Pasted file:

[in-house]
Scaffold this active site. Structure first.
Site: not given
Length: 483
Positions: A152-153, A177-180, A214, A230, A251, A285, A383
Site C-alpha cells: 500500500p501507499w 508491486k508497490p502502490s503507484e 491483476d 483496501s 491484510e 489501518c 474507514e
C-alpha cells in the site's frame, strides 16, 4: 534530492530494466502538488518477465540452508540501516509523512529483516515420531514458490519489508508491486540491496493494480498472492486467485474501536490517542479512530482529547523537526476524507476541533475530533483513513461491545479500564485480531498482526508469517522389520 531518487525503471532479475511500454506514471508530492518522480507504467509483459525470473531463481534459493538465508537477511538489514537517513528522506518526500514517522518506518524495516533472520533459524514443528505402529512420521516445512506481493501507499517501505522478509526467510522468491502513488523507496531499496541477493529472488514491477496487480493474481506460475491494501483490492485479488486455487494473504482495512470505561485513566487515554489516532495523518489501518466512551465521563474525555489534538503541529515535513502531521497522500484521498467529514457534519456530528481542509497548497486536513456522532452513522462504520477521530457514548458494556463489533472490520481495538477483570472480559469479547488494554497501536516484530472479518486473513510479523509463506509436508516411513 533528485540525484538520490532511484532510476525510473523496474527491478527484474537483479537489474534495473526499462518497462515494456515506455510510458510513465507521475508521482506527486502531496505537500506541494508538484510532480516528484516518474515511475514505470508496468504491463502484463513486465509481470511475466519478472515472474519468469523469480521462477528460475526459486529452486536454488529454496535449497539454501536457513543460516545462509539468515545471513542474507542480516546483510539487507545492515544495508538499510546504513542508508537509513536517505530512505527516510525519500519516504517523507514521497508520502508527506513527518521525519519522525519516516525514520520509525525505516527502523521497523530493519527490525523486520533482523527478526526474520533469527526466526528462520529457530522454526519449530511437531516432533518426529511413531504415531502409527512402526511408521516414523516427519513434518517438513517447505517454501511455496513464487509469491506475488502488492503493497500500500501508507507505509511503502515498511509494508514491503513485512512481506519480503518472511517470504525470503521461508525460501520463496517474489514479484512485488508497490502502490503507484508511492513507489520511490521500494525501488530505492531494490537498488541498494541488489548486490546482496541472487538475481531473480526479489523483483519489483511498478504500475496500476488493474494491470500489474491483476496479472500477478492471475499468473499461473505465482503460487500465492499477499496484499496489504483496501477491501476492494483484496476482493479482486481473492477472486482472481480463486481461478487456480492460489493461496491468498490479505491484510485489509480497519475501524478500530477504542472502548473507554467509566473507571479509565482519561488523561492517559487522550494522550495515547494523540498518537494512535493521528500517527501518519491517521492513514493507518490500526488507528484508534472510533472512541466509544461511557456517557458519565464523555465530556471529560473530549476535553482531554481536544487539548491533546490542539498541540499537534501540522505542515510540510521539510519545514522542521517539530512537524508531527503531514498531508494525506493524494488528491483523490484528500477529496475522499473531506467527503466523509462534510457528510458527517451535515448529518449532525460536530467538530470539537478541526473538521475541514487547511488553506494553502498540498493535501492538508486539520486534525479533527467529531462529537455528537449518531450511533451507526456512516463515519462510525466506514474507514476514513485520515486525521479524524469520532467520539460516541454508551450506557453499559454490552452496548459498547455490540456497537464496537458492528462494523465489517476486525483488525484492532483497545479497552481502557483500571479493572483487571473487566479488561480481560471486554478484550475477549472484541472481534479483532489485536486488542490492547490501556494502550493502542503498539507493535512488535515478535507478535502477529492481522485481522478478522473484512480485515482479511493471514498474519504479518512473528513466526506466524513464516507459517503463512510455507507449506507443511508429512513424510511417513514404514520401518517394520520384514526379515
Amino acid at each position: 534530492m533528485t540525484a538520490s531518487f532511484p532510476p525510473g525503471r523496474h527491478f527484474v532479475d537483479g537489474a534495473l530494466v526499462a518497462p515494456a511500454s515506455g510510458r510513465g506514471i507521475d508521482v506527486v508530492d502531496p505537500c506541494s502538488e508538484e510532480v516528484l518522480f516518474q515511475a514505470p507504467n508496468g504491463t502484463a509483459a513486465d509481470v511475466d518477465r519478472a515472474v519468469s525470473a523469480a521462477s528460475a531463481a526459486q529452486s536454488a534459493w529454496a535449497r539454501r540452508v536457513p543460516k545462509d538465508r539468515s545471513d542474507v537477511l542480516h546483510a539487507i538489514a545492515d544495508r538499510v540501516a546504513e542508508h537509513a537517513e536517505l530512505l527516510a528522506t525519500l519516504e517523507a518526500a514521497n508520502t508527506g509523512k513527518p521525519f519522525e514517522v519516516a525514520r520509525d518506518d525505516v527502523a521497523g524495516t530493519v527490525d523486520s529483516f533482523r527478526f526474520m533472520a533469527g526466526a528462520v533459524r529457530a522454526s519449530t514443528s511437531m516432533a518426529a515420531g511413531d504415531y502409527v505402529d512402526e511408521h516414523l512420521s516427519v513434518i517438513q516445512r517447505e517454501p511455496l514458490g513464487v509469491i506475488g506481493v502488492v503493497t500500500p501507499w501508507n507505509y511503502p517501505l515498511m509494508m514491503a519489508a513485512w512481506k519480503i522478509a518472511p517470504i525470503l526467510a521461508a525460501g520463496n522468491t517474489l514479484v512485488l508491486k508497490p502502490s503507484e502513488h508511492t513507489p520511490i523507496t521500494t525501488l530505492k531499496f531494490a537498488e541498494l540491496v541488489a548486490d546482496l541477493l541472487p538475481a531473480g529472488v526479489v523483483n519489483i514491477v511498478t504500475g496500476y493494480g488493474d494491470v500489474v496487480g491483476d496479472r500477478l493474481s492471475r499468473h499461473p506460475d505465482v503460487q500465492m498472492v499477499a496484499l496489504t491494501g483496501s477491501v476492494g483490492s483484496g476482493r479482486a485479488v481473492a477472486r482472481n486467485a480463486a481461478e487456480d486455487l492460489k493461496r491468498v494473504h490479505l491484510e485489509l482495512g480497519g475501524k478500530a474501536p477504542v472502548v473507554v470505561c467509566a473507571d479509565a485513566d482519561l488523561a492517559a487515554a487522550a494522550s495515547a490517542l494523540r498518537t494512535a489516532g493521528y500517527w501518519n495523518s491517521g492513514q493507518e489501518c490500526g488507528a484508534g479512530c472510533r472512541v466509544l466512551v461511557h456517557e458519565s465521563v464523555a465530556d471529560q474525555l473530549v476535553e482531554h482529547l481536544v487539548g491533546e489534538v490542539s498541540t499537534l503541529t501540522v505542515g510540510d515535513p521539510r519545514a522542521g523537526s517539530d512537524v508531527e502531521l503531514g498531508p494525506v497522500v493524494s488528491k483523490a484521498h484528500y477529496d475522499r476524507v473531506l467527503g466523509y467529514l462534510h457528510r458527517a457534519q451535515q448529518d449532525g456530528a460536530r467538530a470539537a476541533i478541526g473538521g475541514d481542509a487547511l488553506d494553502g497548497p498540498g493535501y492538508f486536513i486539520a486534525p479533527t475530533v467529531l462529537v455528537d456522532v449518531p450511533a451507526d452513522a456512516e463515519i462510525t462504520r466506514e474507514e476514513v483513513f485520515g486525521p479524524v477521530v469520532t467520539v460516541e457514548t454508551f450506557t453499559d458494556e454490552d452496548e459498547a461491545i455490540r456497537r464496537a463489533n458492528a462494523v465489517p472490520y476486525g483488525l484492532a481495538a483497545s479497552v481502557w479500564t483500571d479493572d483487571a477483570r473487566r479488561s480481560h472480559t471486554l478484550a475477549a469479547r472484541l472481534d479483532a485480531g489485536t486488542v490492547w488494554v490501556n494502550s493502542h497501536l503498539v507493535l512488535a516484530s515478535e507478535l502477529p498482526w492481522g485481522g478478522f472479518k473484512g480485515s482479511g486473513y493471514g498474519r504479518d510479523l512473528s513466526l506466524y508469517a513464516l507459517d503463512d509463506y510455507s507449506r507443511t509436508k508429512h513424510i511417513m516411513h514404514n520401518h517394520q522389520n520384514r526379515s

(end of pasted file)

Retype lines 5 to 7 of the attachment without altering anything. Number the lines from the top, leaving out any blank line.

Positions: A152-153, A177-180, A214, A230, A251, A285, A383
Site C-alpha cells: 500500500p501507499w 508491486k508497490p502502490s503507484e 491483476d 483496501s 491484510e 489501518c 474507514e
C-alpha cells in the site's frame, strides 16, 4: 534530492530494466502538488518477465540452508540501516509523512529483516515420531514458490519489508508491486540491496493494480498472492486467485474501536490517542479512530482529547523537526476524507476541533475530533483513513461491545479500564485480531498482526508469517522389520 531518487525503471532479475511500454506514471508530492518522480507504467509483459525470473531463481534459493538465508537477511538489514537517513528522506518526500514517522518506518524495516533472520533459524514443528505402529512420521516445512506481493501507499517501505522478509526467510522468491502513488523507496531499496541477493529472488514491477496487480493474481506460475491494501483490492485479488486455487494473504482495512470505561485513566487515554489516532495523518489501518466512551465521563474525555489534538503541529515535513502531521497522500484521498467529514457534519456530528481542509497548497486536513456522532452513522462504520477521530457514548458494556463489533472490520481495538477483570472480559469479547488494554497501536516484530472479518486473513510479523509463506509436508516411513 533528485540525484538520490532511484532510476525510473523496474527491478527484474537483479537489474534495473526499462518497462515494456515506455510510458510513465507521475508521482506527486502531496505537500506541494508538484510532480516528484516518474515511475514505470508496468504491463502484463513486465509481470511475466519478472515472474519468469523469480521462477528460475526459486529452486536454488529454496535449497539454501536457513543460516545462509539468515545471513542474507542480516546483510539487507545492515544495508538499510546504513542508508537509513536517505530512505527516510525519500519516504517523507514521497508520502508527506513527518521525519519522525519516516525514520520509525525505516527502523521497523530493519527490525523486520533482523527478526526474520533469527526466526528462520529457530522454526519449530511437531516432533518426529511413531504415531502409527512402526511408521516414523516427519513434518517438513517447505517454501511455496513464487509469491506475488502488492503493497500500500501508507507505509511503502515498511509494508514491503513485512512481506519480503518472511517470504525470503521461508525460501520463496517474489514479484512485488508497490502502490503507484508511492513507489520511490521500494525501488530505492531494490537498488541498494541488489548486490546482496541472487538475481531473480526479489523483483519489483511498478504500475496500476488493474494491470500489474491483476496479472500477478492471475499468473499461473505465482503460487500465492499477499496484499496489504483496501477491501476492494483484496476482493479482486481473492477472486482472481480463486481461478487456480492460489493461496491468498490479505491484510485489509480497519475501524478500530477504542472502548473507554467509566473507571479509565482519561488523561492517559487522550494522550495515547494523540498518537494512535493521528500517527501518519491517521492513514493507518490500526488507528484508534472510533472512541466509544461511557456517557458519565464523555465530556471529560473530549476535553482531554481536544487539548491533546490542539498541540499537534501540522505542515510540510521539510519545514522542521517539530512537524508531527503531514498531508494525506493524494488528491483523490484528500477529496475522499473531506467527503466523509462534510457528510458527517451535515448529518449532525460536530467538530470539537478541526473538521475541514487547511488553506494553502498540498493535501492538508486539520486534525479533527467529531462529537455528537449518531450511533451507526456512516463515519462510525466506514474507514476514513485520515486525521479524524469520532467520539460516541454508551450506557453499559454490552452496548459498547455490540456497537464496537458492528462494523465489517476486525483488525484492532483497545479497552481502557483500571479493572483487571473487566479488561480481560471486554478484550475477549472484541472481534479483532489485536486488542490492547490501556494502550493502542503498539507493535512488535515478535507478535502477529492481522485481522478478522473484512480485515482479511493471514498474519504479518512473528513466526506466524513464516507459517503463512510455507507449506507443511508429512513424510511417513514404514520401518517394520520384514526379515